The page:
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My wife and I are first-time home-buyers. We misunderstood the concept of mortgage interest deductions and didn't set aside enough taxes throughout the year. When taxes were due, we paid the original tax amount in full (on time) but didn't pay the extra underpayment penalty on the grounds that it was an honest mistake. We filed a form 2210 and it looks like that was turned down. Is there anything else we can do at this point?

I can understand the point of the penalty if we didn't pay the entire yearly taxes on-time... but we did.

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    Paying on April 15th is not on time. Taxes are due when the income is earned. The tax forms are due to be filed on April 15. – littleadv Jun 9 '12 at 20:52
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When you say "set aside," you mean you saved to pay the tax due in April? That's underpaying. It's a rare exception the IRS makes for this penalty, hopefully it wasn't too large, and you now know how much to withhold through payroll deductions.

Problem is, this wasn't unusual, it was an oversight. You have no legitimate grounds to dispute. Sorry.

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If you file the long-form Form 2210 in which you have to figure out exactly how much you should have had withheld (or paid via quarterly payments of estimated tax), you might be able to reduce the underpayment penalty somewhat, or possibly eliminate it entirely. This often happens because some of your income comes late in the year (e.g. dividend and capital gain distributions from stock mutual funds) and possibly because some of your itemized deductions come early (e.g. real estate tax bills due April 1, charitable deductions early in the year because of New Year resolutions to be more philanthropic) etc. It takes a fair amount of effort to gather up the information you need for this (money management programs help), and it is easy to make mistakes while filling out the form. I strongly recommend use of a "deluxe" or "premier" version of a tax program - basic versions might not include Form 2210 or have only the short version of it. I also seem to remember something to the effect that the long form 2210 must be filed with the tax return and cannot be filed as part of an amended return, and if so, the above advice would be applicable to future years only. But you might be able to fill out the form and appeal to the IRS that you owe a reduced penalty, or don't owe a penalty at all, and that your only mistake was not filing the long form 2210 with your tax return and so please can you be forgiven this once?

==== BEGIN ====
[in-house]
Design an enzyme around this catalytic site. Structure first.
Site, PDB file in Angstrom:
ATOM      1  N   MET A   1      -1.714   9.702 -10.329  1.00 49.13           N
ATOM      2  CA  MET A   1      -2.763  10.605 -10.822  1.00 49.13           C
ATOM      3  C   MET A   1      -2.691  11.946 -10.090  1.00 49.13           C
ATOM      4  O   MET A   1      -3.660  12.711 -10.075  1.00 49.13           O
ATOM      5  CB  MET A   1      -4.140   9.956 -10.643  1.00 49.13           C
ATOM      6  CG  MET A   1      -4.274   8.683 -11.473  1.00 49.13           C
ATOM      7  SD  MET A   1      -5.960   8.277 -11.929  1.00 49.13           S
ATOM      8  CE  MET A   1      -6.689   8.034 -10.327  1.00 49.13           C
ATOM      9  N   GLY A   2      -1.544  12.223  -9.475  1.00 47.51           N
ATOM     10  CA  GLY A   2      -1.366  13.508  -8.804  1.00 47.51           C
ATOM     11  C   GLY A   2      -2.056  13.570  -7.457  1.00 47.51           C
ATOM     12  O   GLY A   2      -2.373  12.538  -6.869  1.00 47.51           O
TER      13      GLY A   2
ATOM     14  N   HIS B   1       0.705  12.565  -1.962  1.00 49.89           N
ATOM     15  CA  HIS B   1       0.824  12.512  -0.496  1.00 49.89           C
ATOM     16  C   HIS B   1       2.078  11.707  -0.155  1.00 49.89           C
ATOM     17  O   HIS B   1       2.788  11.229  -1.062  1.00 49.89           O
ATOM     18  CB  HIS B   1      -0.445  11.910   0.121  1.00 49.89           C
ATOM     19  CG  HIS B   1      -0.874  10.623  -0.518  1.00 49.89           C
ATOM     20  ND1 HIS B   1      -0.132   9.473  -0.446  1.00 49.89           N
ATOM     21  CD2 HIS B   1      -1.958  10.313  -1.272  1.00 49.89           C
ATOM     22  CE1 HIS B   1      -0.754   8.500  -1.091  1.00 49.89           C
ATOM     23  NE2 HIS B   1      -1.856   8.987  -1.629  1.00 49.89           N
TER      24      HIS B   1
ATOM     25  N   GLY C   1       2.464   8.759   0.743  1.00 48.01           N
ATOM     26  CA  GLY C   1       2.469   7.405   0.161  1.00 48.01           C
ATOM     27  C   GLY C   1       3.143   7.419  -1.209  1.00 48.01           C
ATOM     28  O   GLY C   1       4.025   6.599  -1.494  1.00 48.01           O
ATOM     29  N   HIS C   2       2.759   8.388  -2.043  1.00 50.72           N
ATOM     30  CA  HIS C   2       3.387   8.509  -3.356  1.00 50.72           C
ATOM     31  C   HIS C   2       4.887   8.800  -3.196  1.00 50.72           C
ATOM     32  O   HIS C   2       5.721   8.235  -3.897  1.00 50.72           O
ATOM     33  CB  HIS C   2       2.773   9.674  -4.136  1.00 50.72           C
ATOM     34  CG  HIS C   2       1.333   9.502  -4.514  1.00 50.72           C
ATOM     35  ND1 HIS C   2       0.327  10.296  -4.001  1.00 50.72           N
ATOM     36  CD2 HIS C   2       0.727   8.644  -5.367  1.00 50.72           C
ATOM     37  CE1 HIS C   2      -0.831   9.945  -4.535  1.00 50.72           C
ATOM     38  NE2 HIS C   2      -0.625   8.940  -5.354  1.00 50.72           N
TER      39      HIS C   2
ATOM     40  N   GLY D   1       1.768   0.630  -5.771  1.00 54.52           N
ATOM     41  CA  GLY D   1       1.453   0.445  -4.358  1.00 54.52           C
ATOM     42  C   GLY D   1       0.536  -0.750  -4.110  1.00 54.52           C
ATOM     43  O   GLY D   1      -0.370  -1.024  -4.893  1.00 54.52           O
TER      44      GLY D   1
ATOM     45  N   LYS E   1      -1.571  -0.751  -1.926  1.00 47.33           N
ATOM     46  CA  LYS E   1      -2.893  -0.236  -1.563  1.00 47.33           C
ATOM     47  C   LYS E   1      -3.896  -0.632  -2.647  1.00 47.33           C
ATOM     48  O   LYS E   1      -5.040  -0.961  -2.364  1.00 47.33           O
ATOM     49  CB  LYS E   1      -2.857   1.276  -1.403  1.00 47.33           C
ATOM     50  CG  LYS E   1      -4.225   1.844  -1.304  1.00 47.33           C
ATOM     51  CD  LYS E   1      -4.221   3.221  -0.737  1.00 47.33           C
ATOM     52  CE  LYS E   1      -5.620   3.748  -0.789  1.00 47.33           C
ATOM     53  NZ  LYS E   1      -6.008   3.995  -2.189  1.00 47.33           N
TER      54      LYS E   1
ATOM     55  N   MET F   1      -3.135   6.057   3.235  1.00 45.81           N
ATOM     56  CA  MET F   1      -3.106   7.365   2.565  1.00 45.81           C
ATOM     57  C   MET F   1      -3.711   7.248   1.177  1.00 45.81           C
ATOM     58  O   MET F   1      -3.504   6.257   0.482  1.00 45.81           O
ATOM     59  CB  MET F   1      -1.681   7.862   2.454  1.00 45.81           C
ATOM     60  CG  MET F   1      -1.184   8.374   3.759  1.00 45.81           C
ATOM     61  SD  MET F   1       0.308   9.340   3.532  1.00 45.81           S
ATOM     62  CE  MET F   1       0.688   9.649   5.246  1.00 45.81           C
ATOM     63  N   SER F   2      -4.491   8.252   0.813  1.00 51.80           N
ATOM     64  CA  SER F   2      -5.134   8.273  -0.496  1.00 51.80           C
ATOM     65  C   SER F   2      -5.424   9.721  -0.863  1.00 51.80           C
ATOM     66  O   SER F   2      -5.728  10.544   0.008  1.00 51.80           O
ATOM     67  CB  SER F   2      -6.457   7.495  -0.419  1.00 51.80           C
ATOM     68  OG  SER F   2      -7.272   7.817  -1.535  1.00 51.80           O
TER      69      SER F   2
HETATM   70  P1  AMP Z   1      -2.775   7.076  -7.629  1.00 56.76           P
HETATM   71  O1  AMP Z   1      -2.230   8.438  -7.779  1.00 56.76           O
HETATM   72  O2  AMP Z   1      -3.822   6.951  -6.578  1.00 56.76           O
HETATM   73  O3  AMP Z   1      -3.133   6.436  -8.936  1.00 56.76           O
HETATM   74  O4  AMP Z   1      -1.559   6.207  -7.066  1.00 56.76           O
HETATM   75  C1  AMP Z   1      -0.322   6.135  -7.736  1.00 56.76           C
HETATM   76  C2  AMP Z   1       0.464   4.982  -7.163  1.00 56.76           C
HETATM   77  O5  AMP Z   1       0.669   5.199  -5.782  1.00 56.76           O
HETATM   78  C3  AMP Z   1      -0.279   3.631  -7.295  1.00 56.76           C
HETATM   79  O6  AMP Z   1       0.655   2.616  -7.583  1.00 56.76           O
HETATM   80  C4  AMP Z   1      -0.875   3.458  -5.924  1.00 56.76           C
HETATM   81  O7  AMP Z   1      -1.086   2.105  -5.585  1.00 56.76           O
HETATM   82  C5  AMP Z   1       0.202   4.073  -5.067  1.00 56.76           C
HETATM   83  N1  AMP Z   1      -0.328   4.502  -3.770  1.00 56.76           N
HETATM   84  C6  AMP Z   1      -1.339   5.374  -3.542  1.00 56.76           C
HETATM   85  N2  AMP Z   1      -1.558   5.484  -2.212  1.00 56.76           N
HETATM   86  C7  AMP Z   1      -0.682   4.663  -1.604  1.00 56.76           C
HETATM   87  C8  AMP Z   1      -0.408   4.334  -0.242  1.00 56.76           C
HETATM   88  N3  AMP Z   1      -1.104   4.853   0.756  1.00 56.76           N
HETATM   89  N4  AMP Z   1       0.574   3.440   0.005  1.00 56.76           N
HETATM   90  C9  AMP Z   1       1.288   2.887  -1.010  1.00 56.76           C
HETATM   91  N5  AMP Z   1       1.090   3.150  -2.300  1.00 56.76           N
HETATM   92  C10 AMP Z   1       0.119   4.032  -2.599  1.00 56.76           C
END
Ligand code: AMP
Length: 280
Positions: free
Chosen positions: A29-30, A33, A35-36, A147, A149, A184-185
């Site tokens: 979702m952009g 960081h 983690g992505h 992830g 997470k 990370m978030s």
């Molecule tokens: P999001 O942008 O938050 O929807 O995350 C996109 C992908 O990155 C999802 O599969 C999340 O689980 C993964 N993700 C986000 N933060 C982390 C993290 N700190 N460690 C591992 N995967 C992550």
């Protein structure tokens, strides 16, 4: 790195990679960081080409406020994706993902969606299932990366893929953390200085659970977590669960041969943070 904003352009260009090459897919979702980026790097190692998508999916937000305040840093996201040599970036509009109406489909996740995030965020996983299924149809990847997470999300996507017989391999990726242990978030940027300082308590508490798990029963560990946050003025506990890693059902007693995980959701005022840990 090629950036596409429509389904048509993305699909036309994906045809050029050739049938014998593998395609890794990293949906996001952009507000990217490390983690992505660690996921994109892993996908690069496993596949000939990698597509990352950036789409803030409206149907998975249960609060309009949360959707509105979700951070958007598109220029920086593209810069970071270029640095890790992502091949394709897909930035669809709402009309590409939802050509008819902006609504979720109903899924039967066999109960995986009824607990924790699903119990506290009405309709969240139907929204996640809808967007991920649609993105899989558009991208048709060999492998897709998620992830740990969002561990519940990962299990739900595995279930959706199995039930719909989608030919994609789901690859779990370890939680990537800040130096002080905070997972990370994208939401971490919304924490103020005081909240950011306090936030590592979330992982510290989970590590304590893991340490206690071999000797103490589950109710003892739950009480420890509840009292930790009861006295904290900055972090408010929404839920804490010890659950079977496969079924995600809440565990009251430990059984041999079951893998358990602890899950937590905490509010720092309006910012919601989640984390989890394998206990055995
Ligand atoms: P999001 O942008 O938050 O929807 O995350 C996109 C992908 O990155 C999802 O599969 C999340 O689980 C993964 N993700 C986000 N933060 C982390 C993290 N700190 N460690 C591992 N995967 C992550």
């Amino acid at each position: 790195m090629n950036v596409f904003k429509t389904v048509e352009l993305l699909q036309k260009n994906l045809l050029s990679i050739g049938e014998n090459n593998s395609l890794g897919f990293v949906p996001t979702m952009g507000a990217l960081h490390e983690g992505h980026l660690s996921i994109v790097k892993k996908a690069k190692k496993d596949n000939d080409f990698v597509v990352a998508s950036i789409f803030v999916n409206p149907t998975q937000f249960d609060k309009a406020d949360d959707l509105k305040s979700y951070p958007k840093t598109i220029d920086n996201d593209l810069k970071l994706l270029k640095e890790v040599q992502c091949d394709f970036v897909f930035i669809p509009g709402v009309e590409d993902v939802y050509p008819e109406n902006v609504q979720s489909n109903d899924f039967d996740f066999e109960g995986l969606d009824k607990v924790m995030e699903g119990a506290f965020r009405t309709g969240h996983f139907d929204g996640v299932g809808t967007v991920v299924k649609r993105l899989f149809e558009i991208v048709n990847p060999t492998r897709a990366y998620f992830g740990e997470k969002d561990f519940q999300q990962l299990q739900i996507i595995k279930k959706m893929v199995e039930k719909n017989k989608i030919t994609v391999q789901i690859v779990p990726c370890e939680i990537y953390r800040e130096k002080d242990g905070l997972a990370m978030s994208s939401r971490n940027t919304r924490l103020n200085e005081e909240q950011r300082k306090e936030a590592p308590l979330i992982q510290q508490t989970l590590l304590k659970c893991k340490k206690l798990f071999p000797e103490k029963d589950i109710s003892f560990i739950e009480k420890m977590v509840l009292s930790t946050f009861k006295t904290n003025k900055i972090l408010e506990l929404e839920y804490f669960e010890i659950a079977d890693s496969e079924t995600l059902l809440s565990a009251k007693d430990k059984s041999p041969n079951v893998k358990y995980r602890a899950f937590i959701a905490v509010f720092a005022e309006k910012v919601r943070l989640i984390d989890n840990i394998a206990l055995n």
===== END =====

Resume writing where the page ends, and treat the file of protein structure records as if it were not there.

In any case, I strongly recommend paying the underpayment penalty ASAP because it is increasing day by day due to interest being charged. If the IRS agrees to your eloquent appeal, they will refund the overpayment.

  • Perhaps I'm not fully understanding OPs situation, but I thought "Safe Harbor" might apply if OP paid at least as much as was due in the previous year (or not, in which case safe harbor wouldn't apply). – Kevin Fegan Nov 14 '16 at 8:42
  • @KevinFegan If you read the OPs question, you will see that the OP says that they did file Form 2210, and Form 2210 does takes into account the Safe Harbor provisions and gives the result that no underpayment penalty is required if the Safe Harbor provisions are met. The OP filled out Form 2210 (presumably the short version) which showed that a underpayment was due (so Safe Harbor was not met), but they did not pay the penalty. The only possible out is if the Annualized Method (long form) shows no penalty due and the OP appeals to the IRS to waive the penalty this time. – Dilip Sarwate Nov 14 '16 at 14:35
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didn't pay the extra underpayment penalty on the grounds that it was an honest mistake.

You seem to think a penalty applies only when the IRS thinks you were trying to cheat the system.

That's not the case. A mistake (honest or otherwise) still can imply a penalty.

While you can appeal just about anything, on any grounds you like, it's unlikely you will prevail.

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The underpayment "penalty" is just interest on the late payments--willful or not has nothing to do with it. When they feel it's willful there will be additional penalties.

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